26 Jan If I lose a back tooth, will I really miss it?
After losing a back tooth, patients may be tempted to just go on about their lives and not replace the tooth. The tooth may not be in a highly visible location, so there is less motivation to pursue restoration because the smile’s appearance is not affected. However, your molars perform a number of different functions in your smile, so there’s value in replacing ones that are missing.
First of all, the molars have large chewing surfaces that are necessary for processing more fibrous foods, like nutritious fresh fruits and vegetables. Without those teeth, it can be more difficult to chew a varied diet.
Additionally, those molars help to stabilize the jawbone. When a tooth is lost, the jaw atrophies over time. This process is accelerated in the vicinity of the molars on the upper jaw because the bone in that area is under the sinus cavity, so it is thinner. Therefore, it erodes more quickly, and bone loss can be significant. The nearby teeth can be at risk and your facial appearance may become sunken.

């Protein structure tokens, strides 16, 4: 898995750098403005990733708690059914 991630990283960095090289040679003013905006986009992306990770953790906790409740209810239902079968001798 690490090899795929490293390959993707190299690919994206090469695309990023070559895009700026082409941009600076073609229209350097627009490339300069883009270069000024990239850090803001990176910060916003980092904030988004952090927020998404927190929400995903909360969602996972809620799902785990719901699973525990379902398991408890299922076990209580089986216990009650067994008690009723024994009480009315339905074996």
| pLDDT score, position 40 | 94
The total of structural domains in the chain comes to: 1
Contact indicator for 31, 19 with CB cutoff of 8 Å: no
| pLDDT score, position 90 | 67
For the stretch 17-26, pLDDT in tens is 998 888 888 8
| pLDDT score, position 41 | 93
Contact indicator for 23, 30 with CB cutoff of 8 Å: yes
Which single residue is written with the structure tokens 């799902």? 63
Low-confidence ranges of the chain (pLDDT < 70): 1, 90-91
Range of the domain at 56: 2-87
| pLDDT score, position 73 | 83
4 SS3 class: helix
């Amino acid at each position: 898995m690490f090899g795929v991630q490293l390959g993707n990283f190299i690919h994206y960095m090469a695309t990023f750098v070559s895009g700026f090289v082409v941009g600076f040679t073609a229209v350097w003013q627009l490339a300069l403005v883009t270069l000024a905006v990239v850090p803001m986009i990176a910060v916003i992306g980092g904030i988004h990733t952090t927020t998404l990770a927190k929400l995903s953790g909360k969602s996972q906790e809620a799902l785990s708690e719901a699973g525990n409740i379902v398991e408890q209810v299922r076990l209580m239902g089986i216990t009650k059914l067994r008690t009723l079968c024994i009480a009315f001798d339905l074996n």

The type of tooth replacement you choose matters as well. To preserve the functionality of the molars, patients should consider the only structurally complete option – dental implants. The titanium cylinders inserted into the patient’s jaw by the oral surgeon replace the absent root, and the prosthetic crown stands in for the visible portion of the patient’s tooth.
A conventional appliance, such as a dental bridge or parital denture, lacks a rootlike structure and does not restore the missing tooth’s full functionality.
In order to benefit from dental implants, patients should act quickly to get this treatment before the jaw begins to atrophy. Dental implant stability and performance relies on the availability of quality bone material for osseointegration, so bone loss may present an obstacle to a patient’s efforts to get dental implants.
If you lose a back tooth, don’t assume you’ll be fine without it. Schedule a consultation with our team at Central Oklahoma Oral and Maxillofacial Surgery Associates to learn about dental implants and how they might benefit you.